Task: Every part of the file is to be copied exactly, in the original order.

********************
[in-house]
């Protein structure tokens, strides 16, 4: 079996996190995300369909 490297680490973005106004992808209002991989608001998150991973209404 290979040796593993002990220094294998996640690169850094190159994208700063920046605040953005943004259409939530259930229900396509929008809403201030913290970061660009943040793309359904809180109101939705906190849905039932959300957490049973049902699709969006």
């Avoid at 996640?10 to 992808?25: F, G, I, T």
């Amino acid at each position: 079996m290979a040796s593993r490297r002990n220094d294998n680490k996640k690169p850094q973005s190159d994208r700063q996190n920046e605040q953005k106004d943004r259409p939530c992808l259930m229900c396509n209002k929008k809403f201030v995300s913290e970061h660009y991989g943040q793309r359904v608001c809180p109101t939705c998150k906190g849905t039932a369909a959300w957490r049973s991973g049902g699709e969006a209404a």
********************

[in-house]
């Protein structure tokens, strides 16, 4: 079996996190995300369909 490297680490973005106004992808209002991989608001998150991973209404 290979040796593993002990220094294998996640690169850094190159994208700063920046605040953005943004259409939530259930229900396509929008809403201030913290970061660009943040793309359904809180109101939705906190849905039932959300957490049973049902699709969006």
């Avoid at 996640?10 to 992808?25: F, G, I, T």
């Amino acid at each position: 079996m290979a040796s593993r490297r002990n220094d294998n680490k996640k690169p850094q973005s190159d994208r700063q996190n920046e605040q953005k106004d943004r259409p939530c992808l259930m229900c396509n209002k929008k809403f201030v995300s913290e970061h660009y991989g943040q793309r359904v608001c809180p109101t939705c998150k906190g849905t039932a369909a959300w957490r049973s991973g049902g699709e969006a209404a």